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Shure SRH440 and SRH840 Gorham ME

The overall sound quality is slightlyless transparent than more expensivecontenders, but that’s the tradeoff forthe lower price. The crucial point hereis the response (which tells you thetruth), and the low cost.

Computer Systems Integration
(207) 831-7546
89 Auburn St
Portland, ME
Services
Computers and Equipment Repair and Maintenance, Computer Networking Installation, Computer Software, Computer Network Hardware, Computer Networks
Hours
Mon-Fri: 24 Hour Service

Data Provided by:
Computer Systems Integration
(207) 831-7546
89 Auburn St
Portland, ME
Services
Computers and Equipment Repair and Maintenance, Computer Networking Installation, Computer Software, Computer Network Hardware, Computer Networks
Hours
Mon-Fri: 24 Hour Service

Data Provided by:
Acme Computer Services
(207) 442-8567
560 Old Bath Rd
Brunswick, ME
 
Computer Essentials
(207) 942-9505
11 Bangor Mall Blvd Ste A
Bangor, ME
 
Dyer's Electronics
(207) 364-7606
64 Main St
Mexico, ME
 
Traveling Technicians
(207) 848-8093
450 Newburgh Rd
Hermon, ME
Services
Computers and Equipment Repair and Maintenance, Computer and Equipment Dealers, Computer Supplies Parts and Accessories, Computer Software, Computer Networks
Hours
Mon 08:00 AM-08:00 PM
Tue 08:00 AM-08:00 PM
Wed 08:00 AM-08:00 PM,
Payment Options
MasterCard, VISA, Debit Cards

Data Provided by:
Custom Computer Sales & Service
(207) 893-2931
48 Sand Bar Rd Ste D
Windham, ME
 
Port City PC
(207) 775-5454
65 Forest Ave
Portland, ME
 
Computer Place the
(207) 783-7232
1485 Lisbon St
Lewiston, ME
 
Virtual Dimensions
(207) 453-2990
235 Main St
Fairfield, ME
 
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Shure SRH440 and SRH840

www.shure.com

0.000Shure_SRH440_lWhen I was at AES, a Shure representativesuggested the SRH440 for mixing—which is at the lower-priced endof the line—because he felt it was moreaccurate. When someone in marketingrecommends a lower-priced product,that gets my attention!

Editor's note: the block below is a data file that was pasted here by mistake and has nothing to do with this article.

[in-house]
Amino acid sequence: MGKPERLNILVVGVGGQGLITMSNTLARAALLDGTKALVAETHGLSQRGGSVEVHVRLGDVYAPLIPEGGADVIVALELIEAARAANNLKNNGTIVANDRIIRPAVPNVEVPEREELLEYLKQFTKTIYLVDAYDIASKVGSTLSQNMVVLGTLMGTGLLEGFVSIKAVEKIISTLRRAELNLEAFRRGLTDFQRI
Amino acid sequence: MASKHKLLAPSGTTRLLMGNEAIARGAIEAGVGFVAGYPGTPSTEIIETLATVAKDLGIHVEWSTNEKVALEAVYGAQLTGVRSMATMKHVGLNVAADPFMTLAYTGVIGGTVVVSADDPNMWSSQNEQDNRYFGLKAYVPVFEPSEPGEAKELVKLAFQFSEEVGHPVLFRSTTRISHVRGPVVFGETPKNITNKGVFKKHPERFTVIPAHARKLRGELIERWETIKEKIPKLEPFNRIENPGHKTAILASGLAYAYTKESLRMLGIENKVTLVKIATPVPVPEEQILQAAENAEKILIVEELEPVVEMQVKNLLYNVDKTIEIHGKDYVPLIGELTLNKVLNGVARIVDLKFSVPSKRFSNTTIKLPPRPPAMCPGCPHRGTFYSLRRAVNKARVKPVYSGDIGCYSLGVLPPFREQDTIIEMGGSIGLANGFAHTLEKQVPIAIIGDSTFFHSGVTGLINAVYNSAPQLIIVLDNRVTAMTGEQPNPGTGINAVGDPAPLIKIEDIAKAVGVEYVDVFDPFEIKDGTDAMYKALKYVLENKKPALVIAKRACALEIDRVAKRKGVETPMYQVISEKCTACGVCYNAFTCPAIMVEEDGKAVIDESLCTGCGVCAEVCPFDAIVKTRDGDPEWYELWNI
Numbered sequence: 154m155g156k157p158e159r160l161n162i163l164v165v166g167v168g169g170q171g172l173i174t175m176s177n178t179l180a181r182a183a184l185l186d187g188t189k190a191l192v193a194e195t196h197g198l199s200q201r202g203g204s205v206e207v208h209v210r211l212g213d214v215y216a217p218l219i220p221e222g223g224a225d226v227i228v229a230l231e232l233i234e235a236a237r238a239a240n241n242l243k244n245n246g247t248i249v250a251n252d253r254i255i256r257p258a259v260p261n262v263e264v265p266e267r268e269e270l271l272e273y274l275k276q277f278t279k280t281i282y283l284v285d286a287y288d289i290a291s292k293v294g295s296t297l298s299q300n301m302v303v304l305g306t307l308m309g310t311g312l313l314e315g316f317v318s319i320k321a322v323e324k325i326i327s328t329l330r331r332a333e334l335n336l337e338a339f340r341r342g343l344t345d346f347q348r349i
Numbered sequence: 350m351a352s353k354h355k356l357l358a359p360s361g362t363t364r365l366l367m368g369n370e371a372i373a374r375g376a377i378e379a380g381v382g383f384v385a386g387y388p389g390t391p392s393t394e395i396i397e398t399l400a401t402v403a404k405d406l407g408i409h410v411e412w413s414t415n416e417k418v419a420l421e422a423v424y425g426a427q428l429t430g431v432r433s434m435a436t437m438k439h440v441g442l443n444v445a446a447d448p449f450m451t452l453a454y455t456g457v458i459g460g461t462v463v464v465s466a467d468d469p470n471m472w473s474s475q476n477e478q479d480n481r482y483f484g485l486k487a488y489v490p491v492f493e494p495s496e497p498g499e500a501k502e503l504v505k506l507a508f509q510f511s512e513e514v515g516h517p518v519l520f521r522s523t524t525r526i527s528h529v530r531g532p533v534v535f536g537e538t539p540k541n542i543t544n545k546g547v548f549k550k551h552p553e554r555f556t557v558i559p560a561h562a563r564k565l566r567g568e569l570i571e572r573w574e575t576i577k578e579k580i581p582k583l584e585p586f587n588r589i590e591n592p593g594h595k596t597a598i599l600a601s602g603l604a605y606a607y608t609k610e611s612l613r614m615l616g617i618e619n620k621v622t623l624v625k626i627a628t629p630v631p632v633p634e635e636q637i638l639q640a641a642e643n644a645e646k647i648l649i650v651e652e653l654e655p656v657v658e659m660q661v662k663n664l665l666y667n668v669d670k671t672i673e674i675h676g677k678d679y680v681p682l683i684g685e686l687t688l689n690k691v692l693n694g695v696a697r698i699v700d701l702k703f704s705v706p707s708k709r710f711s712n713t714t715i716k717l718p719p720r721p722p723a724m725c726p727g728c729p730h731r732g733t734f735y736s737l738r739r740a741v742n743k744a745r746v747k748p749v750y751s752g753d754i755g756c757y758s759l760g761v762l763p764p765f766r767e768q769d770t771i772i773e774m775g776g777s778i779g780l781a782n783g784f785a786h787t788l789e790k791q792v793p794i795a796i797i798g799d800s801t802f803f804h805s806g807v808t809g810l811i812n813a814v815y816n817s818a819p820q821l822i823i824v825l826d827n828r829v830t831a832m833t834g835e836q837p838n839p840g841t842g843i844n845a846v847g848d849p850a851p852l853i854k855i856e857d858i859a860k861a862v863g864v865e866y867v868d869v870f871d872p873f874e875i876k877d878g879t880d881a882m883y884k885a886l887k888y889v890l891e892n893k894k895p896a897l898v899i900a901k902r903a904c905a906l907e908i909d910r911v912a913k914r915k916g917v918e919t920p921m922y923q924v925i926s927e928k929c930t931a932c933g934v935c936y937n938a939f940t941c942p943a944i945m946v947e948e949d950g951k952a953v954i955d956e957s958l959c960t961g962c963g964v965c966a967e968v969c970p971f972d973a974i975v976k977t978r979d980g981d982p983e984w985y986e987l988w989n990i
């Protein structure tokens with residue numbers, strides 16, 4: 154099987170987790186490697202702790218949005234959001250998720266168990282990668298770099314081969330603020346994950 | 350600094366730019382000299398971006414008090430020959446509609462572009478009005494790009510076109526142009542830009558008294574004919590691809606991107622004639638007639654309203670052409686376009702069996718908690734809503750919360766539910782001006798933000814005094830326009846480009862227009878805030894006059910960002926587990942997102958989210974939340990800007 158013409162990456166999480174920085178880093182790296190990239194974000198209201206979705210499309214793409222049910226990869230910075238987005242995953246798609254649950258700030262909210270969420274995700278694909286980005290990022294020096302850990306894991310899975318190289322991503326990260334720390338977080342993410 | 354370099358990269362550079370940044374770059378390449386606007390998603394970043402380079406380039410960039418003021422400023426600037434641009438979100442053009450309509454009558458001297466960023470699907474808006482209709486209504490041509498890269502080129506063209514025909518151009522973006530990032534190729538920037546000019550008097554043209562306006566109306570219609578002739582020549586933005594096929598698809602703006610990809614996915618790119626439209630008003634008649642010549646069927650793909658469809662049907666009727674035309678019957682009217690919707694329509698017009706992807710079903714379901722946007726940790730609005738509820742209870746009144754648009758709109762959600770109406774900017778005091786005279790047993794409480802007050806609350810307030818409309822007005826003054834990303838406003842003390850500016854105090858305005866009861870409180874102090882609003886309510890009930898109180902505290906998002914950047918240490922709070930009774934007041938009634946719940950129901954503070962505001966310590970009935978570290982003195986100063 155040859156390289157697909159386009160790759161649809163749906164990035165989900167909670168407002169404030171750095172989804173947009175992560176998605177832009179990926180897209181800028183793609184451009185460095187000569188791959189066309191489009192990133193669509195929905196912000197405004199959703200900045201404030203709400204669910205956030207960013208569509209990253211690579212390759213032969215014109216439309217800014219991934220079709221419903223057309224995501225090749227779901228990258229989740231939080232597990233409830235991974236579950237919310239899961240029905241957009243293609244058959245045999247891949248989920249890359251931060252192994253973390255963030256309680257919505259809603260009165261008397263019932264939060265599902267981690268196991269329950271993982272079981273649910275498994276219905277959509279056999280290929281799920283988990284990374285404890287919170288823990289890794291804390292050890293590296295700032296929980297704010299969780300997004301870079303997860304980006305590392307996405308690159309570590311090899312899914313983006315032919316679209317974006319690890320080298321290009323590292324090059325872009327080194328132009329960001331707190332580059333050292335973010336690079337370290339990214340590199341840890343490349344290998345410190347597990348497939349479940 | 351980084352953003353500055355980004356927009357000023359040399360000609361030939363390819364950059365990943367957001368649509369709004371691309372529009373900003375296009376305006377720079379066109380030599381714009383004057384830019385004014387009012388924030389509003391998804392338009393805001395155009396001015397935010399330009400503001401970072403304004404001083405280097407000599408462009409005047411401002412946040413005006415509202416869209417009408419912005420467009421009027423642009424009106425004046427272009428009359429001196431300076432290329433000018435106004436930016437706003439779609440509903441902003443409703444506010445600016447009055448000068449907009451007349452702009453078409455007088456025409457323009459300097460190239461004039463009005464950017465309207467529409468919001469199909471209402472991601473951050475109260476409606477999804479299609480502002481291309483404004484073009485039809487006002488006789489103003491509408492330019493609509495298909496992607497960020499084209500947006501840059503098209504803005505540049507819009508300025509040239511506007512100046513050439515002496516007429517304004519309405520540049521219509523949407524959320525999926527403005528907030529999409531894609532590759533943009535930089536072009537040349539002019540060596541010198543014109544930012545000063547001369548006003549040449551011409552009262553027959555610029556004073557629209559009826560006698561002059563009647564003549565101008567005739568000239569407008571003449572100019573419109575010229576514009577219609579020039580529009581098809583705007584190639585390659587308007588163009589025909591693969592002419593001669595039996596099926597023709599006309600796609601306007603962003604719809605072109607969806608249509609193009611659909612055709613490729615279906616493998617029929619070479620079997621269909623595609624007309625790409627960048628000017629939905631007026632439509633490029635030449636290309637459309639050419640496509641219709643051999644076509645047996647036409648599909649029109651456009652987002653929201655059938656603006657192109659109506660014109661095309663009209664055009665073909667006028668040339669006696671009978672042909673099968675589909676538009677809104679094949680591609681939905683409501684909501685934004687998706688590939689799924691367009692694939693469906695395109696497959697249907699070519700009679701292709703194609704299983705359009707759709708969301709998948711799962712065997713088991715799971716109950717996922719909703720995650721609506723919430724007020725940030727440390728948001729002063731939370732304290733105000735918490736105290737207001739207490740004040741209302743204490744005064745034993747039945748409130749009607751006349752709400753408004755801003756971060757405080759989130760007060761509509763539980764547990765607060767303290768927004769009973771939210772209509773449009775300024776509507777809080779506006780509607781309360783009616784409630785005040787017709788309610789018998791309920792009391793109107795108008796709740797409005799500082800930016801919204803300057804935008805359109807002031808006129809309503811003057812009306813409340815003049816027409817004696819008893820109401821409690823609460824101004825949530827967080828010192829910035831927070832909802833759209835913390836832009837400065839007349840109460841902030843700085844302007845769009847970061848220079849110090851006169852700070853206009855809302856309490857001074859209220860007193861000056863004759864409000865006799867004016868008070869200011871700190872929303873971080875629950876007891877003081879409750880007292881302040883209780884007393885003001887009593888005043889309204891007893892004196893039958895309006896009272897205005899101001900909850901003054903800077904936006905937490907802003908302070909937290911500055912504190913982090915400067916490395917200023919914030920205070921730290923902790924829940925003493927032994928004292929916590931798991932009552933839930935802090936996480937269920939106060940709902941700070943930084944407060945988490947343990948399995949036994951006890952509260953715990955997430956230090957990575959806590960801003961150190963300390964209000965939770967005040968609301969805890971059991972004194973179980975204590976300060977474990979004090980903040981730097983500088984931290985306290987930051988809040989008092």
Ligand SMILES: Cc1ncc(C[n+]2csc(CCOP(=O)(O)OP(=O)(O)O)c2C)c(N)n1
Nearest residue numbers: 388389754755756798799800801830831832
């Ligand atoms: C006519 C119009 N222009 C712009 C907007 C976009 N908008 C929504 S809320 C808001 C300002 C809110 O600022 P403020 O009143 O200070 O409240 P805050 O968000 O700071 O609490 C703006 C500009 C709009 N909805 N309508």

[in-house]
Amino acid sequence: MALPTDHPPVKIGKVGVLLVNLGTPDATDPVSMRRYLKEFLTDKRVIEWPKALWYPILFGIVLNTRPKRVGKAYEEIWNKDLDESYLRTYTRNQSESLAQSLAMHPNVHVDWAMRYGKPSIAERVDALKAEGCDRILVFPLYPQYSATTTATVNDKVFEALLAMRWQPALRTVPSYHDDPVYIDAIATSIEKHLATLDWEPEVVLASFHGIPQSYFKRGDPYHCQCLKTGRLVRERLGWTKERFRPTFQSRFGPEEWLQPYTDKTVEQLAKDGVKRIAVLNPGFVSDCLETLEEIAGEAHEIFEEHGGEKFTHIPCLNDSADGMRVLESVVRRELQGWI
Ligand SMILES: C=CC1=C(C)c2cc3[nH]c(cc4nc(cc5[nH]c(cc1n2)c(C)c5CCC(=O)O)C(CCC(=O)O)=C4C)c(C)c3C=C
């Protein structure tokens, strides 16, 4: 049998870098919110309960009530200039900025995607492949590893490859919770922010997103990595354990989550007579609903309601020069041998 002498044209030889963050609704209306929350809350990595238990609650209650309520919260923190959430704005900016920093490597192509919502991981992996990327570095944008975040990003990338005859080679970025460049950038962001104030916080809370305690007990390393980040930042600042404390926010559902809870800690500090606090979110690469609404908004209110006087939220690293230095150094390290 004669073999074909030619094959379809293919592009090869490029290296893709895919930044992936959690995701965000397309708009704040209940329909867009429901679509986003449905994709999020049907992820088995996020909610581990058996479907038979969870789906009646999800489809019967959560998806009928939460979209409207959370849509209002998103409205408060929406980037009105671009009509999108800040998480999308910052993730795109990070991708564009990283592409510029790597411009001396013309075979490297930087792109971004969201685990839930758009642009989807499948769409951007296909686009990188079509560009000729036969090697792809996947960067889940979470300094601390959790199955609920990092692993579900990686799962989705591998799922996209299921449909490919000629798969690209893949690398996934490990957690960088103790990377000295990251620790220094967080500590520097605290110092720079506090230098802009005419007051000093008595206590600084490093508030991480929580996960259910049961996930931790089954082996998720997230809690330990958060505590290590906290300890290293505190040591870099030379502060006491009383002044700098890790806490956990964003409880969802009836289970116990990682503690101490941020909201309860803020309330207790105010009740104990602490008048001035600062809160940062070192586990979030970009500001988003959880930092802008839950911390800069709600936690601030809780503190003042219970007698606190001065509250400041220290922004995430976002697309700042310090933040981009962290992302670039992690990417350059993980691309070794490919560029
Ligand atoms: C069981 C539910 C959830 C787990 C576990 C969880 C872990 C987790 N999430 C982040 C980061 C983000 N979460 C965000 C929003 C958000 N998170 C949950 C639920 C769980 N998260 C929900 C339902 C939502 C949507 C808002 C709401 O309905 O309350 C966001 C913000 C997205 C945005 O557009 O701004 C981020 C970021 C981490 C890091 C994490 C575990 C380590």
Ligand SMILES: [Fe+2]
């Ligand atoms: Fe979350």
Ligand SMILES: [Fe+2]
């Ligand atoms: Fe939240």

But Shure sent both the SRH440and SRH840 so I could decide formyself. The rep was right on: I muchprefer the 440 for its more balancedresponse, particularly in the low endand low mids, that would make it better-suited to mixing. The 840 seems toemphasize the high end somewhat,which is okay when listening to commercially-recorded music but not ashelpful when mixing.

So let’s look at the 440. Itslevel of comfort is average;you would have no troubleusing it for hours at a stretch.The ear pads cover your earswell, and help reject noise.Like other headphones, itcomes with a detachablecoil cord and 1/8" to 1/4" adapter; butthe end that goes into the headphonecan lock, making it difficult to pull outaccidentally.

The overall sound quality is slightlyless transparent than more expensivecontenders, but that’s the tradeoff forthe lower price. The crucial point hereis the response (which tells you thetruth), and the low cost.

0.000Shure_SRH840In terms of value, you simply can’tbeat the SRH440. It may lack thefinesse of higher-priced models, butfor mixing, it does the job remarkablywell—which is even more surprising,given how kind it is to your wallet.

 

More from this roundup:

 

  • Can You Really Mix On Headphones?
  • Audio-Technica ATH-M50 ($199)
  • AKG K 271 Mk II ($299) And AKG K 702 ($539)
  • Sony MDR-7509HD ($265)
  • Monster TurbinePro Gold ($299.95)
  • Ultrasone Proline 750 ($389) and Edition 8 ($1,499)

Click here to read the rest of the article from EQ Magazine

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